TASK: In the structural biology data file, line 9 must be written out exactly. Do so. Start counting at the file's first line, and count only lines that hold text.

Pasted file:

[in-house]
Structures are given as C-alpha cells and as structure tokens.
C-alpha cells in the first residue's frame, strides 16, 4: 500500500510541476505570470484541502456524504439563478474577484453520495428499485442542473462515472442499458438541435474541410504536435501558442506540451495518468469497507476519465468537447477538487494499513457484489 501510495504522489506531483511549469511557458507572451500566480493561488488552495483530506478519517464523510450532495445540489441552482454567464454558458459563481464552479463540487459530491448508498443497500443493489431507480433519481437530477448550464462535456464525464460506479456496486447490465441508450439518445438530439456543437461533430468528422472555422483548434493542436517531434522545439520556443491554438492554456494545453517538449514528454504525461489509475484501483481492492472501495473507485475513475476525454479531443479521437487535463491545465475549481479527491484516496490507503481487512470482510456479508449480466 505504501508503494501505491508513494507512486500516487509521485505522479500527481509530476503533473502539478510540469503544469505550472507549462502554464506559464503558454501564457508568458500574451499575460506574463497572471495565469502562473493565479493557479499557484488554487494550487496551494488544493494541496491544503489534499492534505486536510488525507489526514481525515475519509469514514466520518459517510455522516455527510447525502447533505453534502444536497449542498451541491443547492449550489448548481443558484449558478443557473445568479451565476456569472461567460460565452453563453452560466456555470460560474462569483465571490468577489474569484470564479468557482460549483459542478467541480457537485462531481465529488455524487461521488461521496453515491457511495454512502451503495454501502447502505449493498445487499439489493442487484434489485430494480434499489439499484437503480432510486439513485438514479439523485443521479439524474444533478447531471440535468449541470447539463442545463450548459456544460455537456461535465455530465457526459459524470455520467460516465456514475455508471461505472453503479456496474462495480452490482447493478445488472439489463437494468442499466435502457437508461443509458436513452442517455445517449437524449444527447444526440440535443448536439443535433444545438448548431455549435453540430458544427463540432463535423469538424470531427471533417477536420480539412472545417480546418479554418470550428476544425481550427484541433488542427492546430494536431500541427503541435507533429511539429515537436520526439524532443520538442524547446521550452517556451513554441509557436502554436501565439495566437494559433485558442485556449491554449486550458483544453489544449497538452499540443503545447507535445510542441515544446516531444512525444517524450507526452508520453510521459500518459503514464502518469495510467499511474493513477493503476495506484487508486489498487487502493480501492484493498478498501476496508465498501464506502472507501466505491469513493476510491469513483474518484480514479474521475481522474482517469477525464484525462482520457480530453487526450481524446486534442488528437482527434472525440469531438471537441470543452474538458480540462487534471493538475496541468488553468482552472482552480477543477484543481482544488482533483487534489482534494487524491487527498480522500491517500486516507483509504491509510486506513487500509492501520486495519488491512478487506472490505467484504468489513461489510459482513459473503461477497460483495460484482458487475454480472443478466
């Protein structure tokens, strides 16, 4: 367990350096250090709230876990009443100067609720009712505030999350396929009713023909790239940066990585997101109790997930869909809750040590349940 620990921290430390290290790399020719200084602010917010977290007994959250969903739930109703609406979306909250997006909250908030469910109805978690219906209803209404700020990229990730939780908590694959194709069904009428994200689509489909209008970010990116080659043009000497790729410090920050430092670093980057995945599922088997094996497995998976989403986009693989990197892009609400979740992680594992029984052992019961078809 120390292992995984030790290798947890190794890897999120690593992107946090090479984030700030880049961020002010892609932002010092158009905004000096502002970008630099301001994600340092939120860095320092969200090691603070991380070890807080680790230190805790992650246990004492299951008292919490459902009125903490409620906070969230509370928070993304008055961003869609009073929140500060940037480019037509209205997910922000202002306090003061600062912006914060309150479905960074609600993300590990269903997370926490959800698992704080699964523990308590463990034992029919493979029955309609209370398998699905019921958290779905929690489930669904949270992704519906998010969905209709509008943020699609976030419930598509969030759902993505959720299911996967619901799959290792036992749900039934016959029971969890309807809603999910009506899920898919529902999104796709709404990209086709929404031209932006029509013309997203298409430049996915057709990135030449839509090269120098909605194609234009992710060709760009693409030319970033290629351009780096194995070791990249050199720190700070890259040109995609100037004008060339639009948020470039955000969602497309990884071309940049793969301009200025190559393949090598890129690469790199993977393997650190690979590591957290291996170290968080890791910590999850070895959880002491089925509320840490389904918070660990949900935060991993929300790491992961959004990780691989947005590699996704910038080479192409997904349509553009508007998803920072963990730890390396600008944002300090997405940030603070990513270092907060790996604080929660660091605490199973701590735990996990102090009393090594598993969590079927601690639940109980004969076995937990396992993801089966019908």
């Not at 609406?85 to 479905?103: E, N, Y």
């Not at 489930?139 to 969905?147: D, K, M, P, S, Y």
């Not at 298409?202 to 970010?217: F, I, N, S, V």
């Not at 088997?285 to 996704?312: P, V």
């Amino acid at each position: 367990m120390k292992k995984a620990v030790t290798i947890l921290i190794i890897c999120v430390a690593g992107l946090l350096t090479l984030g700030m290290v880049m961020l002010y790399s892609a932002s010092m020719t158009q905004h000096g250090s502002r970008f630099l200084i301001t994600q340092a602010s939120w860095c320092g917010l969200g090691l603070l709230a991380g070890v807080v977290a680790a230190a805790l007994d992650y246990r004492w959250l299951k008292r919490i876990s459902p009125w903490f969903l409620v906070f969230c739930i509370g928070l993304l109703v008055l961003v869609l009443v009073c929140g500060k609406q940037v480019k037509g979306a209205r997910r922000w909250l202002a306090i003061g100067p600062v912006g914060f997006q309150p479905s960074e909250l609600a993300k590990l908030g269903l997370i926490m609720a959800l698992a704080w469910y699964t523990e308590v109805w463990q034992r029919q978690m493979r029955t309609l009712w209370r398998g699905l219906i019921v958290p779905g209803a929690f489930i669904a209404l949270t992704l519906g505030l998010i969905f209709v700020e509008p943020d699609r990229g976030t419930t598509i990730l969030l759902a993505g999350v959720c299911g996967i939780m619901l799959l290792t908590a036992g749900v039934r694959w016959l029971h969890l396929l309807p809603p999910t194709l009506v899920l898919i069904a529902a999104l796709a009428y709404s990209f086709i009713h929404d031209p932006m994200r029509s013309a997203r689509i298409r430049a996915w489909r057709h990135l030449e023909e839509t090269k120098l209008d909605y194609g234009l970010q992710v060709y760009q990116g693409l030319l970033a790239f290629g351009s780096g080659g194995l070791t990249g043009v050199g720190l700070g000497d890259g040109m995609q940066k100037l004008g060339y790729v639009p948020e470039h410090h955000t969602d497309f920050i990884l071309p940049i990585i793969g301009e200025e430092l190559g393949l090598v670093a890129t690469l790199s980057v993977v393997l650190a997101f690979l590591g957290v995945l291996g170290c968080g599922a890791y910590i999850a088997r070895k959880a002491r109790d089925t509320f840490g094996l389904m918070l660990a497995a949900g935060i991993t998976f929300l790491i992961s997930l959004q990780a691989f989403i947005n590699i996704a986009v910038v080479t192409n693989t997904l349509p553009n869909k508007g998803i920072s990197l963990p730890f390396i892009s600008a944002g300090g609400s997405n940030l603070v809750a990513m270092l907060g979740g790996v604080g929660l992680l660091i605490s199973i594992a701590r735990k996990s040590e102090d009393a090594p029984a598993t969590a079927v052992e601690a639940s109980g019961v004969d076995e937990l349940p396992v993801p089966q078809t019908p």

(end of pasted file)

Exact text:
């Amino acid at each position: 367990m120390k292992k995984a620990v030790t290798i947890l921290i190794i890897c999120v430390a690593g992107l946090l350096t090479l984030g700030m290290v880049m961020l002010y790399s892609a932002s010092m020719t158009q905004h000096g250090s502002r970008f630099l200084i301001t994600q340092a602010s939120w860095c320092g917010l969200g090691l603070l709230a991380g070890v807080v977290a680790a230190a805790l007994d992650y246990r004492w959250l299951k008292r919490i876990s459902p009125w903490f969903l409620v906070f969230c739930i509370g928070l993304l109703v008055l961003v869609l009443v009073c929140g500060k609406q940037v480019k037509g979306a209205r997910r922000w909250l202002a306090i003061g100067p600062v912006g914060f997006q309150p479905s960074e909250l609600a993300k590990l908030g269903l997370i926490m609720a959800l698992a704080w469910y699964t523990e308590v109805w463990q034992r029919q978690m493979r029955t309609l009712w209370r398998g699905l219906i019921v958290p779905g209803a929690f489930i669904a209404l949270t992704l519906g505030l998010i969905f209709v700020e509008p943020d699609r990229g976030t419930t598509i990730l969030l759902a993505g999350v959720c299911g996967i939780m619901l799959l290792t908590a036992g749900v039934r694959w016959l029971h969890l396929l309807p809603p999910t194709l009506v899920l898919i069904a529902a999104l796709a009428y709404s990209f086709i009713h929404d031209p932006m994200r029509s013309a997203r689509i298409r430049a996915w489909r057709h990135l030449e023909e839509t090269k120098l209008d909605y194609g234009l970010q992710v060709y760009q990116g693409l030319l970033a790239f290629g351009s780096g080659g194995l070791t990249g043009v050199g720190l700070g000497d890259g040109m995609q940066k100037l004008g060339y790729v639009p948020e470039h410090h955000t969602d497309f920050i990884l071309p940049i990585i793969g301009e200025e430092l190559g393949l090598v670093a890129t690469l790199s980057v993977v393997l650190a997101f690979l590591g957290v995945l291996g170290c968080g599922a890791y910590i999850a088997r070895k959880a002491r109790d089925t509320f840490g094996l389904m918070l660990a497995a949900g935060i991993t998976f929300l790491i992961s997930l959004q990780a691989f989403i947005n590699i996704a986009v910038v080479t192409n693989t997904l349509p553009n869909k508007g998803i920072s990197l963990p730890f390396i892009s600008a944002g300090g609400s997405n940030l603070v809750a990513m270092l907060g979740g790996v604080g929660l992680l660091i605490s199973i594992a701590r735990k996990s040590e102090d009393a090594p029984a598993t969590a079927v052992e601690a639940s109980g019961v004969d076995e937990l349940p396992v993801p089966q078809t019908p």